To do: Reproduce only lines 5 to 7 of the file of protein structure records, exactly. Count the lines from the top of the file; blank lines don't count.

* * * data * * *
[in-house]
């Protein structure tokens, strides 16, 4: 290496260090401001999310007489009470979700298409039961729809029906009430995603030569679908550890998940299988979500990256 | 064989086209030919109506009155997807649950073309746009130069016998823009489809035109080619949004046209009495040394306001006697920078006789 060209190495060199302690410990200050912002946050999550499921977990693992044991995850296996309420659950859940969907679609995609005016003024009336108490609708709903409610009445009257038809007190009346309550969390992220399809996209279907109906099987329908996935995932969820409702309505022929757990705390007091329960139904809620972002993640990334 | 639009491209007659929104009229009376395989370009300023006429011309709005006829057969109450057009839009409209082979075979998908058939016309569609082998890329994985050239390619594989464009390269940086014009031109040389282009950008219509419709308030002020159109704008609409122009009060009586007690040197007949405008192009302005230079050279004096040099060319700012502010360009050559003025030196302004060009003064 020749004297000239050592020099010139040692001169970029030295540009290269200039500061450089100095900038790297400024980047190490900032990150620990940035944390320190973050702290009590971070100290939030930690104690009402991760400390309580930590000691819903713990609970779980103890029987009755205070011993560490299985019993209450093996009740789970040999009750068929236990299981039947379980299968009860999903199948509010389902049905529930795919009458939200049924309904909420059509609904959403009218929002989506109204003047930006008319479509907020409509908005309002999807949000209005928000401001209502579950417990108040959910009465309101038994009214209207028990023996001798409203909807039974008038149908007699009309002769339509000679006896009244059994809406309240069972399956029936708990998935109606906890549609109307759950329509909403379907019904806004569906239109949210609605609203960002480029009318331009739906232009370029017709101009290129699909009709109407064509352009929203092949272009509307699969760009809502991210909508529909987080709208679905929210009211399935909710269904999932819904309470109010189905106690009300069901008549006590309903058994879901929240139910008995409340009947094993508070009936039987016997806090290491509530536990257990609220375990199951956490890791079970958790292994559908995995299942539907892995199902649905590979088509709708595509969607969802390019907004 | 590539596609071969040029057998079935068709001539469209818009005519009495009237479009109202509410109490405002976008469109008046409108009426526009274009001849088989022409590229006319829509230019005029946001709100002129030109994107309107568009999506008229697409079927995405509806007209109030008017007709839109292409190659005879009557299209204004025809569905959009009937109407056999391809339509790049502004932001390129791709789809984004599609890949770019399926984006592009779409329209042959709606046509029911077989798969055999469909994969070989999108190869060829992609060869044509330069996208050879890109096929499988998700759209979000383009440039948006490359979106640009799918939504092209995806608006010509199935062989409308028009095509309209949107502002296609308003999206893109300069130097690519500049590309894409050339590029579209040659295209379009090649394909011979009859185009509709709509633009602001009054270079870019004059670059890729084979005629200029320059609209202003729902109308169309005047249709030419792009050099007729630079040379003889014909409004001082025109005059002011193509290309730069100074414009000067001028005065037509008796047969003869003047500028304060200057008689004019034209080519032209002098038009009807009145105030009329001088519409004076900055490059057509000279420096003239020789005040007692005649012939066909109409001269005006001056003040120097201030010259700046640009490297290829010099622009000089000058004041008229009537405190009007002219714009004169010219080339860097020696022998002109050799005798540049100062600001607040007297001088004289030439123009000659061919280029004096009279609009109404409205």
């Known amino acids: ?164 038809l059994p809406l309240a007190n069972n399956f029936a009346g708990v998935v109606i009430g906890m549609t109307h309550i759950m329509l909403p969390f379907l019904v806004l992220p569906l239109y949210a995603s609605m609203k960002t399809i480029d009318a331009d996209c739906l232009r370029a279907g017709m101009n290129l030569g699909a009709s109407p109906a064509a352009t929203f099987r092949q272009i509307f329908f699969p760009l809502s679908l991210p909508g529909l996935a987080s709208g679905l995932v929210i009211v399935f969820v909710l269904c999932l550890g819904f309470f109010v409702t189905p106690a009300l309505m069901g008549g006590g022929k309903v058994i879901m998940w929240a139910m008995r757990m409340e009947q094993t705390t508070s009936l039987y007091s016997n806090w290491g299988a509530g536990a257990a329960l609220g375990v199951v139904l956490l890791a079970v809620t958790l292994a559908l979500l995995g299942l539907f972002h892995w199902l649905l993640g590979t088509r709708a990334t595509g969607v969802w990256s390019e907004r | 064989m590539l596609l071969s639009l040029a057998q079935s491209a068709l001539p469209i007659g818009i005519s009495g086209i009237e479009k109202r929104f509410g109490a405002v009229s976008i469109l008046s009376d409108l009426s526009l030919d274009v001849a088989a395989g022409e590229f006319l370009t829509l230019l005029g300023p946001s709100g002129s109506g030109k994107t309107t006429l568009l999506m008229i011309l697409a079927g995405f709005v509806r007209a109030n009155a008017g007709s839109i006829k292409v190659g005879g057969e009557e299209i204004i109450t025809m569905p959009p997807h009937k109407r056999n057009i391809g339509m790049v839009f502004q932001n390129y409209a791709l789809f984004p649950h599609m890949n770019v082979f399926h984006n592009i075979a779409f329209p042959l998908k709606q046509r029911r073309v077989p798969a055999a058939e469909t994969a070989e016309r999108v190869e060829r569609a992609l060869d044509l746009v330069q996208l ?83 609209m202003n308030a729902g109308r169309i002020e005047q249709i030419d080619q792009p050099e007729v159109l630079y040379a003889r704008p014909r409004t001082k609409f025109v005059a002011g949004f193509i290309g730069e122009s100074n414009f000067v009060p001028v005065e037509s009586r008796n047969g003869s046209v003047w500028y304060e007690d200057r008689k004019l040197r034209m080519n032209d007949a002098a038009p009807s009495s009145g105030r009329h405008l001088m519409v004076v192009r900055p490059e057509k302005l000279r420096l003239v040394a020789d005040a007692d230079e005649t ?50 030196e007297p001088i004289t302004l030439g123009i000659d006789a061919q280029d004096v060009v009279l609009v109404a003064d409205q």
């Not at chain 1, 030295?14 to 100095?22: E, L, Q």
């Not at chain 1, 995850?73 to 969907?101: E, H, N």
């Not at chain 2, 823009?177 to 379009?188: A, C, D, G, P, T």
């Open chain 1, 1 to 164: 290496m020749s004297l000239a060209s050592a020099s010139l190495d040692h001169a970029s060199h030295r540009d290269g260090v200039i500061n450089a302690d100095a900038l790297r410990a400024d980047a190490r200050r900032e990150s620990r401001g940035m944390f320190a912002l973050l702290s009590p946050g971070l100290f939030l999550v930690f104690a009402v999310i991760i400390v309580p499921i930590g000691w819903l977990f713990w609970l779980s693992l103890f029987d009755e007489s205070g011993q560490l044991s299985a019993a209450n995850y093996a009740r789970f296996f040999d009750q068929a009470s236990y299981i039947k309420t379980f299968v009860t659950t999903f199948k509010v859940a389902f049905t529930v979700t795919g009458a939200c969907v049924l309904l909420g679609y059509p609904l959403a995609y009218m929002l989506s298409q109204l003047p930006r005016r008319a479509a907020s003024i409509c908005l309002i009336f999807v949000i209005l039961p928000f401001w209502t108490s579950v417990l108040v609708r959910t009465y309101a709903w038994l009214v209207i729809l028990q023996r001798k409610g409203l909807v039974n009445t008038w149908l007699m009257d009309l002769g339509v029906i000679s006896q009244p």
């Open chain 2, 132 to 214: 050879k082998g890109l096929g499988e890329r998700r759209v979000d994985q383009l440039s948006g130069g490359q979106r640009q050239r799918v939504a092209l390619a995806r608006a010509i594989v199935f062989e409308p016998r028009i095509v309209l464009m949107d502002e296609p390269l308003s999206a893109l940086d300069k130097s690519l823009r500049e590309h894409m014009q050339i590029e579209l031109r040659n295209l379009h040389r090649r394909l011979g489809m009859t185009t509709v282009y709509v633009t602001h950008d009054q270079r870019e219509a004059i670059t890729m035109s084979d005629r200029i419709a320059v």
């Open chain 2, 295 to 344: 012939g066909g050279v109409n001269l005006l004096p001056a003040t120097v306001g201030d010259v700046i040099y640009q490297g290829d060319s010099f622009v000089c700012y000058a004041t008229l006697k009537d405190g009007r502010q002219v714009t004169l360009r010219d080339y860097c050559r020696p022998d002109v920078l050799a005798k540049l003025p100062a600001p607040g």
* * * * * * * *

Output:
């Not at chain 1, 995850?73 to 969907?101: E, H, N």
């Not at chain 2, 823009?177 to 379009?188: A, C, D, G, P, T």
């Open chain 1, 1 to 164: 290496m020749s004297l000239a060209s050592a020099s010139l190495d040692h001169a970029s060199h030295r540009d290269g260090v200039i500061n450089a302690d100095a900038l790297r410990a400024d980047a190490r200050r900032e990150s620990r401001g940035m944390f320190a912002l973050l702290s009590p946050g971070l100290f939030l999550v930690f104690a009402v999310i991760i400390v309580p499921i930590g000691w819903l977990f713990w609970l779980s693992l103890f029987d009755e007489s205070g011993q560490l044991s299985a019993a209450n995850y093996a009740r789970f296996f040999d009750q068929a009470s236990y299981i039947k309420t379980f299968v009860t659950t999903f199948k509010v859940a389902f049905t529930v979700t795919g009458a939200c969907v049924l309904l909420g679609y059509p609904l959403a995609y009218m929002l989506s298409q109204l003047p930006r005016r008319a479509a907020s003024i409509c908005l309002i009336f999807v949000i209005l039961p928000f401001w209502t108490s579950v417990l108040v609708r959910t009465y309101a709903w038994l009214v209207i729809l028990q023996r001798k409610g409203l909807v039974n009445t008038w149908l007699m009257d009309l002769g339509v029906i000679s006896q009244p």